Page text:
Monday 7 January 2019

#BlogTour The Murder Pit by Mick Finlay

Today it is my turn on the BlogTour The Murder Pit by Mick Finlay, the second book in the Arrowood series. It's a captivating, and yet an equally amusing and tragic read. I wouldn't hesitate to recommend this murder mystery series set in the Victorian era.

About the Author
Mick Finlay was born in Glasgow but left as a young boy, living in Canada and then England. Before becoming an academic, he ran a market stall on Portobello Road, and has worked as a tent-hand in a travelling circus, a butcher's boy, a hotel porter, and in various jobs in the NHS and social services. He teaches in a Psychology Department, and has published research on political violence and persuasion, verbal nd non-verbal communication, and disability. He now lives in Brighton with his family.

Follow @mickfinlay2 @HQStories @HQDigitalUK on Twitter,Visit mickfinlay.comBuy The Murder Pit

About the book
1896: Sherlock Holmes has once again hit the headlines, solving mysteries for the cream of aristocracy. But among the workhouses and pudding shops of South London, private detective William Arrowood is presented with far grittier, more violent and considerably less well-paid cases. Arrowood has no doubt who is the better detective, and when Mr. and Mrs. Barclay engage him to find their estranged daughter, Birdie, he’s sure it won’t be long before he and his assistant, Barnett, have tracked her down.

But this seemingly simple missing-person case soon turns into a murder investigation. Far from the comfort of Baker Street, Arrowood’s London is a city of unrelenting cruelty, where evil is waiting to be uncovered…

This is the second book in the Arrowood series. When I read the first book I can remember thinking what an excellent premise this is. Presenting a disgruntled, a down to earth and a more working class persona as the nemesis to Sherlock Holmes, albeit one he is more or less unaware of, is an amusing and intriguing read.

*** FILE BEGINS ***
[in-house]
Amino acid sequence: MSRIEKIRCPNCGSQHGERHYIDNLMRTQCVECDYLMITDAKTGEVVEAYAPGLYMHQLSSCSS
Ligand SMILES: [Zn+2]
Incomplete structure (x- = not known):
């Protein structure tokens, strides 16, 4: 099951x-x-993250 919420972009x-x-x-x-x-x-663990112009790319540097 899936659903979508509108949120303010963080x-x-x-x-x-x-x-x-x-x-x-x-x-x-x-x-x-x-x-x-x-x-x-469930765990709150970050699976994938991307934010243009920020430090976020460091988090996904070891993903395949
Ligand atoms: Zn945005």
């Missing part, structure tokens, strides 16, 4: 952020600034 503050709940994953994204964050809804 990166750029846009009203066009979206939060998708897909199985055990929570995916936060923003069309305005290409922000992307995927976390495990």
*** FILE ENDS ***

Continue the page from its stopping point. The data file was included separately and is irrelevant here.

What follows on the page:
Although considered politically incorrect in our era; the definitions, medical theories and treatment of people with mental health issues and deficiencies during the Victorian era, are an important part of history. It is pertinent to shed a light on advances in thought processes and advancements, and just as important to understand the tragedy of misunderstanding mental health in this historical and fictional context.

The injustice and maltreatment, especially in the cases of women in particular, is shocking at the very least. The author takes the opportunity to highlight a few infamous cases of how to get rid of someone via the overall descriptor of mania, insanity or hysteria with some of the most ridiculous and dangerous theories of that era.

Which brings us to the case of Birdie, a young woman with diminished mental capacities, who has not been seen by her parents since she was married off to an equally mentally challenged young man. The family she married into is reluctant to let Birdie interact with anyone outside of her new family. In fact Arrowood thinks this case is more than just a family disagreement.

Barnett finally admits the truth about his personal situation and takes a small uncertain step towards allowing himself a break and trying to enter the inner circle. At the heart of his reluctance lies a feeling of inadequacy. In comparison to Arrowood he still feels like a second class citizen. The fact his curmudgeonly boss and partner in crime-solving has a hair-trigger temper and a penchant for unpredictable bouts of violence and throwing objects at him, only serves to ingrain these emotions in him.

Part of the charm of Arrowood and Co. is the genuine need to help the innocent and vulnerable, regardless of the danger, obstruction and lack of payment they often face. Unlike the best detective in the world, Sherlock Holmes, who as Arrowood often points out, is only in it for the fame and money.

Finlay has certainly honed his craft and given due diligence to the research on mental illness during the Victorian era, which makes this an exceptional murder mystery read. I would enjoy seeing this as a television version - the imperfection and rough exterior would be a more realistic representation of a Victorian detective and even more amusing considering how disgruntled Arrowood is when it comes to Holmes and Watson.

I sincerely hope this second book is one of many to come. Finlay is most definitely an author to watch. The second book in the Arrowood series is a captivating, and yet an equally amusing and tragic read. I wouldn't hesitate to recommend this murder mystery series set in the Victorian era.

Buy The Murder Pit (Arrowood Mystery #2) at Amazon Uk or go to Goodreads for any other retailer.
Publisher: HQ Digital pub date 10 Jan. 2019

Read my review of Arrowood (book #1) by Mick Finlay

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